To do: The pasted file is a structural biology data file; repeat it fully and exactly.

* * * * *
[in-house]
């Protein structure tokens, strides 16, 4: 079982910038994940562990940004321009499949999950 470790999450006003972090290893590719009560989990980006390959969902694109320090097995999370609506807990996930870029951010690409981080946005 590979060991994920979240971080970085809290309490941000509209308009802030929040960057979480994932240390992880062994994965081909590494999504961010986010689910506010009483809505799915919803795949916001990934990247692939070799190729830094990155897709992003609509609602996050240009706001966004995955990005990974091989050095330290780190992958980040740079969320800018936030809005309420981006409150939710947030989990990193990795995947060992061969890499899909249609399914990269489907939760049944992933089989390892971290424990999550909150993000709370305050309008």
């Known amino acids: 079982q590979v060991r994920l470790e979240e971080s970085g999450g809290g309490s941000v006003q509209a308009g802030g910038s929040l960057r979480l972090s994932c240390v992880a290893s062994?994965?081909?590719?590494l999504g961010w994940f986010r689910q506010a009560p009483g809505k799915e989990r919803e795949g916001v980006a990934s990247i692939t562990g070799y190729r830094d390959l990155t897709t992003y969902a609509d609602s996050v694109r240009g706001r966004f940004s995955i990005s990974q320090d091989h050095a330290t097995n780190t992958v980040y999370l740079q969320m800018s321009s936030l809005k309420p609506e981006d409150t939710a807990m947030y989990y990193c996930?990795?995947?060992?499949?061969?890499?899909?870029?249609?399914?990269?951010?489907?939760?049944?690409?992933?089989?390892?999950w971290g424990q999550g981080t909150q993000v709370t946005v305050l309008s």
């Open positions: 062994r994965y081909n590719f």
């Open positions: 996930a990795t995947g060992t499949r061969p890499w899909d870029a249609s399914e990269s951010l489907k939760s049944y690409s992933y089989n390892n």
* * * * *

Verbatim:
[in-house]
């Protein structure tokens, strides 16, 4: 079982910038994940562990940004321009499949999950 470790999450006003972090290893590719009560989990980006390959969902694109320090097995999370609506807990996930870029951010690409981080946005 590979060991994920979240971080970085809290309490941000509209308009802030929040960057979480994932240390992880062994994965081909590494999504961010986010689910506010009483809505799915919803795949916001990934990247692939070799190729830094990155897709992003609509609602996050240009706001966004995955990005990974091989050095330290780190992958980040740079969320800018936030809005309420981006409150939710947030989990990193990795995947060992061969890499899909249609399914990269489907939760049944992933089989390892971290424990999550909150993000709370305050309008």
């Known amino acids: 079982q590979v060991r994920l470790e979240e971080s970085g999450g809290g309490s941000v006003q509209a308009g802030g910038s929040l960057r979480l972090s994932c240390v992880a290893s062994?994965?081909?590719?590494l999504g961010w994940f986010r689910q506010a009560p009483g809505k799915e989990r919803e795949g916001v980006a990934s990247i692939t562990g070799y190729r830094d390959l990155t897709t992003y969902a609509d609602s996050v694109r240009g706001r966004f940004s995955i990005s990974q320090d091989h050095a330290t097995n780190t992958v980040y999370l740079q969320m800018s321009s936030l809005k309420p609506e981006d409150t939710a807990m947030y989990y990193c996930?990795?995947?060992?499949?061969?890499?899909?870029?249609?399914?990269?951010?489907?939760?049944?690409?992933?089989?390892?999950w971290g424990q999550g981080t909150q993000v709370t946005v305050l309008s």
């Open positions: 062994r994965y081909n590719f």
């Open positions: 996930a990795t995947g060992t499949r061969p890499w899909d870029a249609s399914e990269s951010l489907k939760s049944y690409s992933y089989n390892n």